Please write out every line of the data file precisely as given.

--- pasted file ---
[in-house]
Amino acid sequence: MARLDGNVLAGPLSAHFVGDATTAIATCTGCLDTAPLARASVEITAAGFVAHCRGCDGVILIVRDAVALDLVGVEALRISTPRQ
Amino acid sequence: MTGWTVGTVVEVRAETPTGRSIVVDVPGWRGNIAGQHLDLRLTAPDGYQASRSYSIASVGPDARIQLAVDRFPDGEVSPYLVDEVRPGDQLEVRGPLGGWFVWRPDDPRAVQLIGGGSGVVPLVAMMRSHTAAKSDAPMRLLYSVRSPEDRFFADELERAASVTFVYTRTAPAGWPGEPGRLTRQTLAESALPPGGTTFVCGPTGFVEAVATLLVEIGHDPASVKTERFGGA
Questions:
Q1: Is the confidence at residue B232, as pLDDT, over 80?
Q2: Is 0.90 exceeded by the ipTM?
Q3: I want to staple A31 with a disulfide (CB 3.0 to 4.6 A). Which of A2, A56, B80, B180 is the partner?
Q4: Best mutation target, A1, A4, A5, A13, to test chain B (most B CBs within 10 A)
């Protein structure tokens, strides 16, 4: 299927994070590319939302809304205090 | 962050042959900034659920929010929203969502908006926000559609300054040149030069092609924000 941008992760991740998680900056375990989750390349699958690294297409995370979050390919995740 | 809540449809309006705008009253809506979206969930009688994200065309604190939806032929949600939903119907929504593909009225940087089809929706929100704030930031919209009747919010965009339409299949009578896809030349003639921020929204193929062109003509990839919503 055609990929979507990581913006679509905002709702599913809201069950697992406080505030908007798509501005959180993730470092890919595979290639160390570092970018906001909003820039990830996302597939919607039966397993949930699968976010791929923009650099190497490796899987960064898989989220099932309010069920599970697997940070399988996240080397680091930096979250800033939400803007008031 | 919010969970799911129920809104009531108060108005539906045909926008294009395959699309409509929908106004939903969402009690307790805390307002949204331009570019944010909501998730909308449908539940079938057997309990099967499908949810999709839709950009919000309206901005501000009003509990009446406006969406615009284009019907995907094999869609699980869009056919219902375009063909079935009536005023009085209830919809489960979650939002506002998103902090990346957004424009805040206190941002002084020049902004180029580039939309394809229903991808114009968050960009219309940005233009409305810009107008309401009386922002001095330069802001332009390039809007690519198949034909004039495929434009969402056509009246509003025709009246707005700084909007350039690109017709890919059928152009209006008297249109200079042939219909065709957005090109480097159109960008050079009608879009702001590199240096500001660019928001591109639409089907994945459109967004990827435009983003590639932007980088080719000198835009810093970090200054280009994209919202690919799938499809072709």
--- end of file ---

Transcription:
[in-house]
Amino acid sequence: MARLDGNVLAGPLSAHFVGDATTAIATCTGCLDTAPLARASVEITAAGFVAHCRGCDGVILIVRDAVALDLVGVEALRISTPRQ
Amino acid sequence: MTGWTVGTVVEVRAETPTGRSIVVDVPGWRGNIAGQHLDLRLTAPDGYQASRSYSIASVGPDARIQLAVDRFPDGEVSPYLVDEVRPGDQLEVRGPLGGWFVWRPDDPRAVQLIGGGSGVVPLVAMMRSHTAAKSDAPMRLLYSVRSPEDRFFADELERAASVTFVYTRTAPAGWPGEPGRLTRQTLAESALPPGGTTFVCGPTGFVEAVATLLVEIGHDPASVKTERFGGA
Questions:
Q1: Is the confidence at residue B232, as pLDDT, over 80?
Q2: Is 0.90 exceeded by the ipTM?
Q3: I want to staple A31 with a disulfide (CB 3.0 to 4.6 A). Which of A2, A56, B80, B180 is the partner?
Q4: Best mutation target, A1, A4, A5, A13, to test chain B (most B CBs within 10 A)
């Protein structure tokens, strides 16, 4: 299927994070590319939302809304205090 | 962050042959900034659920929010929203969502908006926000559609300054040149030069092609924000 941008992760991740998680900056375990989750390349699958690294297409995370979050390919995740 | 809540449809309006705008009253809506979206969930009688994200065309604190939806032929949600939903119907929504593909009225940087089809929706929100704030930031919209009747919010965009339409299949009578896809030349003639921020929204193929062109003509990839919503 055609990929979507990581913006679509905002709702599913809201069950697992406080505030908007798509501005959180993730470092890919595979290639160390570092970018906001909003820039990830996302597939919607039966397993949930699968976010791929923009650099190497490796899987960064898989989220099932309010069920599970697997940070399988996240080397680091930096979250800033939400803007008031 | 919010969970799911129920809104009531108060108005539906045909926008294009395959699309409509929908106004939903969402009690307790805390307002949204331009570019944010909501998730909308449908539940079938057997309990099967499908949810999709839709950009919000309206901005501000009003509990009446406006969406615009284009019907995907094999869609699980869009056919219902375009063909079935009536005023009085209830919809489960979650939002506002998103902090990346957004424009805040206190941002002084020049902004180029580039939309394809229903991808114009968050960009219309940005233009409305810009107008309401009386922002001095330069802001332009390039809007690519198949034909004039495929434009969402056509009246509003025709009246707005700084909007350039690109017709890919059928152009209006008297249109200079042939219909065709957005090109480097159109960008050079009608879009702001590199240096500001660019928001591109639409089907994945459109967004990827435009983003590639932007980088080719000198835009810093970090200054280009994209919202690919799938499809072709």